The Redskins, like other NFL teams, are finding it easier to sign their rookies to contracts under the rookie pay system put in place by the 2011 collective bargaining agreement between the league and the players’ union.
Gone, apparently, are the days when teams would leave negotiations with their rookies until the final few weeks before the opening of training camp in July — and fret about whether their early-round draft picks would sign contracts in time to report to camp as scheduled.
The Redskins have signed six of the seven players they drafted last month to deals. Their only unsigned rookie is tight end Jordan Reed, a third-round choice.
“I think the new system has simplified everything,” Redskins General Manager Bruce Allen said Monday in Richmond. “I’ve never had a rookie holdout. I’ve never worried about the holding-out part of it. [But] it has simplified everything and I think it’s made [Redskins chief negotiator] Eric Schaffer’s life much, much easier.”
Contracts were simplified by the new system. The length of deals for drafted rookies is set at four years, with a fifth-season team option for first-round picks (undrafted rookies sign three-year contracts). Contracts for third- through seventh-round choices contain a standard escalator clause. Other complex contract provisions like buy-back clauses were eliminated.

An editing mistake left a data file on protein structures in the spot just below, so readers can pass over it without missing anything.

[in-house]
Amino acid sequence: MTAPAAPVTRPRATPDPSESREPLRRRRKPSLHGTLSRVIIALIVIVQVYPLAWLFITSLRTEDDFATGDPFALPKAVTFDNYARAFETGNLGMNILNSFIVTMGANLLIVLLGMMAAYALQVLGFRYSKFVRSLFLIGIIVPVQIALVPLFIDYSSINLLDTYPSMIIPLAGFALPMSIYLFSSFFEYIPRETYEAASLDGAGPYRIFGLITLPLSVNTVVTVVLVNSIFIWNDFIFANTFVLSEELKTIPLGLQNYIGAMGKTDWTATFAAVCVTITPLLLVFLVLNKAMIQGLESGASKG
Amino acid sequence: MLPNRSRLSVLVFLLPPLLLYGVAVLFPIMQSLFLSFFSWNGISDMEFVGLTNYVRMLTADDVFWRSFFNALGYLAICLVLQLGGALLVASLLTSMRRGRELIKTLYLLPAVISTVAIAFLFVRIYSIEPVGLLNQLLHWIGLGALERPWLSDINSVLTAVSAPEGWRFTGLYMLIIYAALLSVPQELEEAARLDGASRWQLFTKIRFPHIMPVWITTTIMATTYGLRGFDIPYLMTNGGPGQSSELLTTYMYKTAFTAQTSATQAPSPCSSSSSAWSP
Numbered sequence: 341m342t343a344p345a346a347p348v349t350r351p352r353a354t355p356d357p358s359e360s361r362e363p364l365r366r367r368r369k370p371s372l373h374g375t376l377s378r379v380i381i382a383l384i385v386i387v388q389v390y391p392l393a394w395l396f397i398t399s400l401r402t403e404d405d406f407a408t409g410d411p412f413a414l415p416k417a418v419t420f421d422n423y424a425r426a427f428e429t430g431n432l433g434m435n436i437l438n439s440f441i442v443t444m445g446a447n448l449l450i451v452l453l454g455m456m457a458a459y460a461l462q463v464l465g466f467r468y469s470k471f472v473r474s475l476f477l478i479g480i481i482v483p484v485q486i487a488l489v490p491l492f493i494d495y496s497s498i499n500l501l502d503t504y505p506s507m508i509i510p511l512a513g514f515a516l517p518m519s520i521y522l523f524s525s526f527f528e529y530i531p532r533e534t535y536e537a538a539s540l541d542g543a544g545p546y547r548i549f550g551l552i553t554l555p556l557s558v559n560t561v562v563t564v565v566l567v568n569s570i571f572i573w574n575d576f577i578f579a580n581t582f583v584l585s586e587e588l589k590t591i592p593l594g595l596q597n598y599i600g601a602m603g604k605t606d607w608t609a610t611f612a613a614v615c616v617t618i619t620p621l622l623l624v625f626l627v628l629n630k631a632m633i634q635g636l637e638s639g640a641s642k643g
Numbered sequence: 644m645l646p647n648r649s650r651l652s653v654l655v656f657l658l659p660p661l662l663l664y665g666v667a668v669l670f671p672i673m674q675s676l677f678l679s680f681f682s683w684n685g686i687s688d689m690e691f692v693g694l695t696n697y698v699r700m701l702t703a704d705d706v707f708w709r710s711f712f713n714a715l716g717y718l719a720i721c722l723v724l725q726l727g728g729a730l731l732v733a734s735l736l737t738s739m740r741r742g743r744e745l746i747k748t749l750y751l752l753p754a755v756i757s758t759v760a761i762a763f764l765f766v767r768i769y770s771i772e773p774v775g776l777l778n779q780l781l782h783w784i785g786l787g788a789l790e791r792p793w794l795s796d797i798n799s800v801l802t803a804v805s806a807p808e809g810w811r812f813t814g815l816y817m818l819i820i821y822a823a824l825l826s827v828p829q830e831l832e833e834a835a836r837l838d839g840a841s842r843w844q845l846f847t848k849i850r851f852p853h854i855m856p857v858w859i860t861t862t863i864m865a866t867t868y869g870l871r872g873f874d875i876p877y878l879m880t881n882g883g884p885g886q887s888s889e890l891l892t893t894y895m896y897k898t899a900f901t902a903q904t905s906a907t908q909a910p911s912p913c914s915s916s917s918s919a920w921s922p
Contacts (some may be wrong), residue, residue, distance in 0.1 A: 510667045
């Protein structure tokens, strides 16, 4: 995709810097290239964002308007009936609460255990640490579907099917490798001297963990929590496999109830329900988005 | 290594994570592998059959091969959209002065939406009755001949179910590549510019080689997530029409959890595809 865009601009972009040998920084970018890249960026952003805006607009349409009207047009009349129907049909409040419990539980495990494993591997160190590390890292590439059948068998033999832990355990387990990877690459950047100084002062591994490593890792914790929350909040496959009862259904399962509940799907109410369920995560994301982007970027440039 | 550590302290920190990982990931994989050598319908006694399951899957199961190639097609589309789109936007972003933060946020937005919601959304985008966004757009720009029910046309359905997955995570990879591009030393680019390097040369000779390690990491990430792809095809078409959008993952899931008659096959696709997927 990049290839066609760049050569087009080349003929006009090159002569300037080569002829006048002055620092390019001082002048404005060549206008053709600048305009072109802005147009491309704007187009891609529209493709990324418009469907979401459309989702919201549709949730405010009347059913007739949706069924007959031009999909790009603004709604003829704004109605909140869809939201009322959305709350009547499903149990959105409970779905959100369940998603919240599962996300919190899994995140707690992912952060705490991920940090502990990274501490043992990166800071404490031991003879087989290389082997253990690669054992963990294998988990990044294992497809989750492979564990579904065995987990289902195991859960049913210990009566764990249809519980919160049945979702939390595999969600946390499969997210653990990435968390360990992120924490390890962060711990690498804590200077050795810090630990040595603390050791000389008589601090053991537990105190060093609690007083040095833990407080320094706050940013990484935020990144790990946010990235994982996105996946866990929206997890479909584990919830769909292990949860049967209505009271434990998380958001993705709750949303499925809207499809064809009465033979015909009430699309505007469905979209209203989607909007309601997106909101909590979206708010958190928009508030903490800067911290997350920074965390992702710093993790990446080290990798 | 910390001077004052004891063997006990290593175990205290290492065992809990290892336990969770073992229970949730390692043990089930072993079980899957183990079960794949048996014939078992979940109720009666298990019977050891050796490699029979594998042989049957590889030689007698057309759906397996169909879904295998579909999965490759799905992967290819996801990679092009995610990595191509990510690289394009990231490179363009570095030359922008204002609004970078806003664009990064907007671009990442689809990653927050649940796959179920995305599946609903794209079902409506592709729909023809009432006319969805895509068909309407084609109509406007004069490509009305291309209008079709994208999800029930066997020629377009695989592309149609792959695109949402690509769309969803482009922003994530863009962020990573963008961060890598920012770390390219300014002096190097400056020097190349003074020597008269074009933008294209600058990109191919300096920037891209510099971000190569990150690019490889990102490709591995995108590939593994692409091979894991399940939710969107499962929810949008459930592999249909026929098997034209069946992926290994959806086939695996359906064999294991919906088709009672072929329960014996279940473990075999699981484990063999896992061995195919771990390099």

The precise value of each rookie’s contract is not predetermined. But teams are given minimum contract values for each of the players they draft. They’re also given a rookie salary cap figure for the upcoming season and a cap figure for that year’s group of drafted rookies over the four seasons of their original contracts. So the negotiating process has been greatly streamlined.
Redskins’ draft picks signing:
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